This past Thursday I was provisioning my first 64-bit X64 server. It's a lower-end HP DL145 that I am preparing for a branch office. I was excited about finally being able to get hands-on a 64-bit server, and loading up the 64-bit version of Server 2003.
This would also be the first production server that I will use that will have SATA instead of SCSI. I have always had a preference for SCSI drives, as the performance is simply unbeatable for a disk subsystem. I decided that for a small branch office file server, SCSI would be overkill, so I opted for the SATA version.
I have always had great experiences with HPAQ servers. I've always used Compaq servers, and when HP bought them, I stuck with my Proliants and have never been disappointed.
I was sort of surprised that the DL145 did not use the "normal" SMART START system that the rest of the Proliants use. I was a bit concerned about this, but, ok, I can live with that.
So, my first
DL145, after having discovered that you cannot hardware mirror/duplex the SATA drives, I picked up a SATA RAID card to put in the server. On the DL145, there are 2 pci-x slots that ride on a mini riser card in the center rear of the server. I removed the riser card, popped out the card blank on the rear of the panel, and placed the SATA RAID card in its slot. I then replaced the riser card, and noticed a great deal of play in the riser card slots. I then booted the server to configure the RAID card. Problem was, the RAID card didn't show up, most likely due to the excess play in the riser board as it sat in its slot.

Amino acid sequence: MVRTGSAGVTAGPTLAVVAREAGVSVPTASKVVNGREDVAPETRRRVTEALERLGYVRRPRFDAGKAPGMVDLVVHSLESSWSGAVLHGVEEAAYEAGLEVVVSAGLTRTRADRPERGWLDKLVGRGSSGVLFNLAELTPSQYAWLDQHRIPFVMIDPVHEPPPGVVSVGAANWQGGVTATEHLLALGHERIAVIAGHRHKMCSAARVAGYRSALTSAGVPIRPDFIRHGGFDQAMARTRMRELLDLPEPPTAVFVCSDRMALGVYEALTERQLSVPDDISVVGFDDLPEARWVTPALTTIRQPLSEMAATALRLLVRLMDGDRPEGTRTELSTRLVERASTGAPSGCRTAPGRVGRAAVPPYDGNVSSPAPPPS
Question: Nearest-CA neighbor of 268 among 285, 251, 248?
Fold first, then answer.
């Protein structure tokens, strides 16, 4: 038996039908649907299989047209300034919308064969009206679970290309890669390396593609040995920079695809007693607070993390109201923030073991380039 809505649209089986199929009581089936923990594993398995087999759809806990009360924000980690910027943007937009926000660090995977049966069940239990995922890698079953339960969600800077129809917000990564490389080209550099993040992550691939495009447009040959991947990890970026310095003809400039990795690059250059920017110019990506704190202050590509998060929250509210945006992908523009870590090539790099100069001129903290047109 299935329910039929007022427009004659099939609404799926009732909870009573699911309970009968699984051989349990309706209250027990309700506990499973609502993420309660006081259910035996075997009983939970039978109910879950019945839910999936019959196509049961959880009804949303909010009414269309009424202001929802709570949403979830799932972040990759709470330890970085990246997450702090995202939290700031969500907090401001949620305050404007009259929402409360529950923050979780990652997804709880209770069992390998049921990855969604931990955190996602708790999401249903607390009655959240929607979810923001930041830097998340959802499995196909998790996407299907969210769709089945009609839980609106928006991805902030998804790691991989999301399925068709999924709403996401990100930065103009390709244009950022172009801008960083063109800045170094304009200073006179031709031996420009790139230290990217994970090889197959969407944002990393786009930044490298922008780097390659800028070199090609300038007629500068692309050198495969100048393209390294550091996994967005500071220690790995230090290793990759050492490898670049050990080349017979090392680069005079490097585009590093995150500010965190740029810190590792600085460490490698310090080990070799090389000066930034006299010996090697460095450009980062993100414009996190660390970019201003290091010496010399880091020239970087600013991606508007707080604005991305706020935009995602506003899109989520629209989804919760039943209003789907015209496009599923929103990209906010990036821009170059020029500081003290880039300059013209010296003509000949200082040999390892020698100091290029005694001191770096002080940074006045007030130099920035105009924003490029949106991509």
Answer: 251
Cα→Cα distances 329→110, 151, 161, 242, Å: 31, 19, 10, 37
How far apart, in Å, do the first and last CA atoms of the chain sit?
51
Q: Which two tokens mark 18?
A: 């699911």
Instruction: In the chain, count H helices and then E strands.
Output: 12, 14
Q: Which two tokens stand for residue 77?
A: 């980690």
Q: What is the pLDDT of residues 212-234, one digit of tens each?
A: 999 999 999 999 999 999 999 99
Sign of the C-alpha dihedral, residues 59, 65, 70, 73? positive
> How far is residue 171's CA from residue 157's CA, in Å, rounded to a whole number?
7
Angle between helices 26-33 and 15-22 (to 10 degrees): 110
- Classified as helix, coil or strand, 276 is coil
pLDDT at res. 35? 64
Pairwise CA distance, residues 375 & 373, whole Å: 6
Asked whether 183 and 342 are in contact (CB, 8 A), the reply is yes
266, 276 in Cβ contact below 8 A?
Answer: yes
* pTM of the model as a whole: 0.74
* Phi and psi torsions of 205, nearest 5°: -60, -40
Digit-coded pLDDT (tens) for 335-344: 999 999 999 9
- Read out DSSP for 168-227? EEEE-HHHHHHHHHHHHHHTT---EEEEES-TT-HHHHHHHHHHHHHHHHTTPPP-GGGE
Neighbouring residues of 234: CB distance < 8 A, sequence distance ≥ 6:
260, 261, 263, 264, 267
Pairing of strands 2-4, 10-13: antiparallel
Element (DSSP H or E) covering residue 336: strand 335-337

So, the next day, with the new server that replaced the one with the bad slots (I was under a time pressure to get this puppy out the door, so I exchanged it instead of repairing it), I got everything configed and loaded Server 2003, 64-bit edition.
I then got to the point where it was time to load the 64-bit drivers for the NIC and video card, and the AMD chipset and processor. Please note, 32-bit drivers are not compatible with 64-bit operating system. The HP DL145 comes with a driver disk, that includes 64-bit drivers.
Problem is, HP put them on the driver CD in a 32-bit, self extracting archive, which means that as I built the server, I couldn't extract the drivers that I needed to get the NIC to work, from the server that I was building. Which meant I had to drag my lazy ass back to my workstation to extract the drivers and then burn a CD with them, go back to the server, and finally load the drivers.
It seems to me, that if you are going to put 64-bit drivers on a driver disk, that you would compress them in a 64-bit file format. This might seem trivial on the surface, but to me it shows that someone is asleep at the switch, and not thinking about how their products are used and built. I hope that's not the case, but this is a small red flag, and I will keep a sharp look out for more.